Friday, July 03, 2015

Strike it lucky: Falcao and the curse of the No.9 shirt

While there are weightier issues in the world today, the one troubling me the most is the arrival of Radamel Falcao to Chelsea on a season-long loan. Because despite Chelsea's assertion that it has signed "one of Europe’s most feared strikers", recent evidence has suggested otherwise.

And we've been there before. In fact we've been there for an awful long time: the search for a potent striker, capable of banging 'em in week-in, week-out, over more than one season.

In Diego Costa, Chelsea more or less found one, but then injury and temperament conspired last term to render him more out than in during the season's final third. But with Didier Drogba on his last legs and now gone, and Loic Remy seemingly unable to convince José Mourinho that he is Costa's nailed-on understudy (or the possibility to be a strike partner in a resolutely 4-3-3-1 system), Chelsea's seemingly constant search for striking options has continued.

Despite promising options in the youth and reserve squads (Dominic Solanke and loanee Patrick Bamford - who excelled for Middlesbrough last season), Chelsea's pursuit of Falcao has seemingly gone against the grain of both conventional wisdom and the club's own commitments to financial fair play, given that his extremely expensive loan from Monaco to Manchester United last season (£6 million loan fee, £285,000 a week in wages plus bonuses) resulted in just 26 Premier League appearances and only four goals (with none further for five months).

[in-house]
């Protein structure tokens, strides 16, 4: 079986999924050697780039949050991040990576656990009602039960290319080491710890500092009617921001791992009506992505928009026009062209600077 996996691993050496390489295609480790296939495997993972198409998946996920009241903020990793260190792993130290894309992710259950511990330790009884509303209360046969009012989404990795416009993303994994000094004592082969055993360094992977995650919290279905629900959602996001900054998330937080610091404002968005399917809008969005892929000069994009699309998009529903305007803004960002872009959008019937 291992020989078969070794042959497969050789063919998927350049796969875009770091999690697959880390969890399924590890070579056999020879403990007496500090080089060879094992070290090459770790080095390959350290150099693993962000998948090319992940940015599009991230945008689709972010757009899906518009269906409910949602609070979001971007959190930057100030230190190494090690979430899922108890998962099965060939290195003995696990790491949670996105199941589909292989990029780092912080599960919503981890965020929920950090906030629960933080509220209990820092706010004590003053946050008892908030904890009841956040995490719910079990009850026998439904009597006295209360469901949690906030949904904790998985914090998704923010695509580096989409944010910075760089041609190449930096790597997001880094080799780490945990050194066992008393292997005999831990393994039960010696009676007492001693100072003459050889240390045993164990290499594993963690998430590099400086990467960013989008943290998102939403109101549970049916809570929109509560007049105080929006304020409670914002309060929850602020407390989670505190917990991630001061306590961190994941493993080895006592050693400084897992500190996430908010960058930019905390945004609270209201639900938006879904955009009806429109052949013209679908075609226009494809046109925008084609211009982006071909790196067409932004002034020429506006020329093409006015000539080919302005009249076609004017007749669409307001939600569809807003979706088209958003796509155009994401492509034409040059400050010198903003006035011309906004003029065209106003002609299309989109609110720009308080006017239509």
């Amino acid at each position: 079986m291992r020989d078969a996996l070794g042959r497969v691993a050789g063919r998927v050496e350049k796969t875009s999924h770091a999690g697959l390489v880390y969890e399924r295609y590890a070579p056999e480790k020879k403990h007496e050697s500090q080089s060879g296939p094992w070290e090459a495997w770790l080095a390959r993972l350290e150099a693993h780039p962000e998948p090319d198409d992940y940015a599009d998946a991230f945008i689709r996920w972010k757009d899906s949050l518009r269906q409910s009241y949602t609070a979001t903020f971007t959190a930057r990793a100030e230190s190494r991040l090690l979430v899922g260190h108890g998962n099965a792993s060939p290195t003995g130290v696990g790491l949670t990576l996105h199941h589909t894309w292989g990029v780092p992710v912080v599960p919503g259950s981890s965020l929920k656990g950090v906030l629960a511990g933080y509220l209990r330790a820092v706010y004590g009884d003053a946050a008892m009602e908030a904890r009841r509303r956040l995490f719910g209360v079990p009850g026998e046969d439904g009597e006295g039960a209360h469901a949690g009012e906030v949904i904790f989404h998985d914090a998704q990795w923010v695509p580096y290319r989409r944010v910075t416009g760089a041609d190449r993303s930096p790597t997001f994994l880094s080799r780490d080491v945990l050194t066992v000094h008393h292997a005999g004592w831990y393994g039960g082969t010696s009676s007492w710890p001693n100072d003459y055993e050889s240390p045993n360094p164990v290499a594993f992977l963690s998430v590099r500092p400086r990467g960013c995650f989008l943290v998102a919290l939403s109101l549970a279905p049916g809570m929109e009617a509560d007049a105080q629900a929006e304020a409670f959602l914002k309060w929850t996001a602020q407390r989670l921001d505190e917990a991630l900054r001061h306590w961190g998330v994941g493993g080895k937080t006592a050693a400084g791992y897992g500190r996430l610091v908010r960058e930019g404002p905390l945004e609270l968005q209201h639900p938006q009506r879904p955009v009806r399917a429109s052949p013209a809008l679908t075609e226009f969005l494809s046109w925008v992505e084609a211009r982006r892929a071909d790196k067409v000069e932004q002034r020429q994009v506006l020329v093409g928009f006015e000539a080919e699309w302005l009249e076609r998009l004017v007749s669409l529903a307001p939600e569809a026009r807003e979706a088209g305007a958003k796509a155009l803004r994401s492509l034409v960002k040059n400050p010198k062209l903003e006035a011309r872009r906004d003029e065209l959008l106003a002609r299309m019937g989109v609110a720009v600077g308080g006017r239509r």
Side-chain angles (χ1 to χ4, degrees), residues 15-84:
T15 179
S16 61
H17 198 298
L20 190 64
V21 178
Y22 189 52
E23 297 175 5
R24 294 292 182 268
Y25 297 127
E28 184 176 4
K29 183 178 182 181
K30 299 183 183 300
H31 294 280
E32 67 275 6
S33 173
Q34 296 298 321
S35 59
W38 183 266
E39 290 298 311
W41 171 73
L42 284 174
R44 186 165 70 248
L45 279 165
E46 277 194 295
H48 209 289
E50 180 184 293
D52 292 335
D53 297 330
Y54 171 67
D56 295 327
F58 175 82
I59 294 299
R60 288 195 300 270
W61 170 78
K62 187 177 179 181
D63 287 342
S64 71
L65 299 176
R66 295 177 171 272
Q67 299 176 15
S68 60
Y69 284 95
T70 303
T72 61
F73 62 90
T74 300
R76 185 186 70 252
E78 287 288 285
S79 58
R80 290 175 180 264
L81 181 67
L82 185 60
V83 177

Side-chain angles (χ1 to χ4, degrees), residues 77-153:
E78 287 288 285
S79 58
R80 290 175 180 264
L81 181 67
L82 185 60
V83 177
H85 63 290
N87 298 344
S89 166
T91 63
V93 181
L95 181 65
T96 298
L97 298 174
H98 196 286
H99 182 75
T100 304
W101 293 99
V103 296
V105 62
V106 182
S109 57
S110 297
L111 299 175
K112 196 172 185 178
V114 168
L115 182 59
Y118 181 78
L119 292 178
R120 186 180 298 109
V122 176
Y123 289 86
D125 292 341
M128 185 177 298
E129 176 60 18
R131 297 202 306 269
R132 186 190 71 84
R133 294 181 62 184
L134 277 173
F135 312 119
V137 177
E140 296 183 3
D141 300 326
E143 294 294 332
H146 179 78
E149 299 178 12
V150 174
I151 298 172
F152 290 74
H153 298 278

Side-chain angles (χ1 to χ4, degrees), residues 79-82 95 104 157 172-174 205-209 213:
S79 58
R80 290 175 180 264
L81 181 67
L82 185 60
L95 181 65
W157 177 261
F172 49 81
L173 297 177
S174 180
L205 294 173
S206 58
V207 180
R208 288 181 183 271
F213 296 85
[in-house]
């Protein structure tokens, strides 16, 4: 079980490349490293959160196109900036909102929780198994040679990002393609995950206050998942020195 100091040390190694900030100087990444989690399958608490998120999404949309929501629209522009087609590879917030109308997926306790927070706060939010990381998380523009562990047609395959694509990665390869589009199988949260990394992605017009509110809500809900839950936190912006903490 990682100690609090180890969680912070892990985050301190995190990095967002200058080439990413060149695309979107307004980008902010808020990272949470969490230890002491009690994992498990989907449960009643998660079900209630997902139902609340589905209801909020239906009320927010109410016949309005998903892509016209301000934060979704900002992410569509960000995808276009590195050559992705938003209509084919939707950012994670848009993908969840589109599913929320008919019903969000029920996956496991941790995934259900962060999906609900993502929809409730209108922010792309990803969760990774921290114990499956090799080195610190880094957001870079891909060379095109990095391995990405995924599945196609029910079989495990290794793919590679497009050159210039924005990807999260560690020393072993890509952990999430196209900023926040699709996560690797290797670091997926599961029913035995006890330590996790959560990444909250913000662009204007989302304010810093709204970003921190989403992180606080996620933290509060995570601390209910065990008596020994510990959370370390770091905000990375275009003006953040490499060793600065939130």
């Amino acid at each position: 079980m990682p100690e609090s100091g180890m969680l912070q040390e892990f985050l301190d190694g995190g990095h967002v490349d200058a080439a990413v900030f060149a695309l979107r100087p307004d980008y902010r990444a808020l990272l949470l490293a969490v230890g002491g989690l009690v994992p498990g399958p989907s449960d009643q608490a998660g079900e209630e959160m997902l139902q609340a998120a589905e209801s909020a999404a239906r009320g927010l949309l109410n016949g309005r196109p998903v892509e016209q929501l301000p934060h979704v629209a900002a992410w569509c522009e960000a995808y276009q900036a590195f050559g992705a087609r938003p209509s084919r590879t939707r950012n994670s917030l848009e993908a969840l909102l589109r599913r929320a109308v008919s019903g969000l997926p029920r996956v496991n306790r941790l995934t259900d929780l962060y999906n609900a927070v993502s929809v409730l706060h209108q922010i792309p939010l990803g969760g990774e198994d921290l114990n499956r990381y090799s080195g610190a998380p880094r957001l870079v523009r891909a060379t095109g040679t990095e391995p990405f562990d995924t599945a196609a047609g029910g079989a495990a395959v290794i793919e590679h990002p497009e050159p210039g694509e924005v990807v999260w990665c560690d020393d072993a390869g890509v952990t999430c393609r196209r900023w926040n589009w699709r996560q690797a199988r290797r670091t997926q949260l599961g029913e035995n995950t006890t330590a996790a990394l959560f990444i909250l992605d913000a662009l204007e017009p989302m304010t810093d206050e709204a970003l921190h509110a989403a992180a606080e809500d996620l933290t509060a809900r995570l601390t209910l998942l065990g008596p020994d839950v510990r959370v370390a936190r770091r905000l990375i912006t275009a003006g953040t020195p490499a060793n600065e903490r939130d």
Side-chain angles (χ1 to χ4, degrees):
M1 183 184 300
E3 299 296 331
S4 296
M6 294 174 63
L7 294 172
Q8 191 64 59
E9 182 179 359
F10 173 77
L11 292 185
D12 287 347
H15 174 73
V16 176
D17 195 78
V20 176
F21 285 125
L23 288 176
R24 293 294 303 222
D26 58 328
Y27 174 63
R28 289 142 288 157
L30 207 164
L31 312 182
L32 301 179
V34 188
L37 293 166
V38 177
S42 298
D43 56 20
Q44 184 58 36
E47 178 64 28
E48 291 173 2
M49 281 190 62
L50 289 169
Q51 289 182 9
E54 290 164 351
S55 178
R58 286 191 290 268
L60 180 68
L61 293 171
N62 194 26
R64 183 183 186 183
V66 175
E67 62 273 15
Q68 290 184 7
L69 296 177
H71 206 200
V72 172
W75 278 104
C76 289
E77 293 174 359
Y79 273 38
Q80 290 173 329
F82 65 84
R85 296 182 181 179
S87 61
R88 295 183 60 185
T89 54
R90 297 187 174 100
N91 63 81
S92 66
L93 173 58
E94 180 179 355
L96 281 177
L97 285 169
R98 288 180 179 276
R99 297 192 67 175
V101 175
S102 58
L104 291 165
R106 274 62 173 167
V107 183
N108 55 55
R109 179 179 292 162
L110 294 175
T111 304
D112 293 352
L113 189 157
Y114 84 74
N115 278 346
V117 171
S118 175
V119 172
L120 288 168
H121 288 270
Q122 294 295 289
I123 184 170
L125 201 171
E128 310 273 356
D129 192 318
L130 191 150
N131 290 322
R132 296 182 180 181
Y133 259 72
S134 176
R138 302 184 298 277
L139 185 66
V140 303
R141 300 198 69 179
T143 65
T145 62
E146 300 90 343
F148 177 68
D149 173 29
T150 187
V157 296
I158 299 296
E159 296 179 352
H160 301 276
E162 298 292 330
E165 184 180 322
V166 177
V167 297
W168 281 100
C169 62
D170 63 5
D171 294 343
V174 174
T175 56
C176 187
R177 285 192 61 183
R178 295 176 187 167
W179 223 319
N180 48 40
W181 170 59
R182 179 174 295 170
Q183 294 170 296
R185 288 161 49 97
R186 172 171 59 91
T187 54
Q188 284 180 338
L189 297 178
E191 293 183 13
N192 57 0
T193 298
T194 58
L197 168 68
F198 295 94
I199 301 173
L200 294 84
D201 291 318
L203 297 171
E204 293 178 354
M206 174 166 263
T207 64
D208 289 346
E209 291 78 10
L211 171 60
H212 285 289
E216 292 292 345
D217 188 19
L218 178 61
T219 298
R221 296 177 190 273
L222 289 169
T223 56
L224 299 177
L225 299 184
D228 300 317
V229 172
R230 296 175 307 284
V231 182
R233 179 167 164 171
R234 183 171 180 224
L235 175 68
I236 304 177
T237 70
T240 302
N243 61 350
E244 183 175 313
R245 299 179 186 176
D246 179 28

Mourinho has said he would be able to get the best out of Falcao: "It hurts me that people in England think that the real Falcao is the one we saw at Manchester United. If I can help Falcao reach his level again, I will do it". But it shouldn't be forgotten how that was also the task that Carlo Ancelotti, Roberto Di Matteo, Rafa Benítez and indeed Mourinho were all challenged to do with Fernando Torres, that dormant Sleeping Beauty who spent three and half seasons failing to deliver any return on the £50 million Chelsea paid for him on reputation (even if Mourinho somewhat jokingly - and desperately - described him as "not really" being worth £50 million - "maybe it is twenty and a half").

Torres wasn't Chelsea's first expensive striker flop, of course: step forward Andrei Schevchenko. Relentlessly pursued by Roman Abramovich as he tried to turn Chelsea into Milan - and therefore champions of Europe at the beginning of his ownership of the club, the Ukrainian never recreated the form that made him fifth top goalscorer of all time in all European competitions, a position he still holds. And after Schevchenko there was Argentinian wunderkind Franco Di Santo, who didn't even score once for the club.

Then there was Chris Sutton, bought from Blackburn on the back of their relegation and a record of 50 goals in 131 appearances, he only managed one goal in 28 Premier League appearances for the Blues. In Pierluigi Casiraghi, Chelsea signed some Monza-born Italian class, only for it to be bruised by a lack of goals ( and then brutally ruptured by a cruciate ligament injury following a collision with West Ham's then-keeper Shaka Hislop. Chelsea's run continued with Adrian Mutu, one of the first major signings of the Abramovich era, which turned out to be a disaster, with the Romanian falling out with Mourinho, and then failing a drugs test for cocaine. In the same period, Hernan Crespo looked like being another addition of European pedigree...only to find him surplus to requirements when Didier Drogba came along.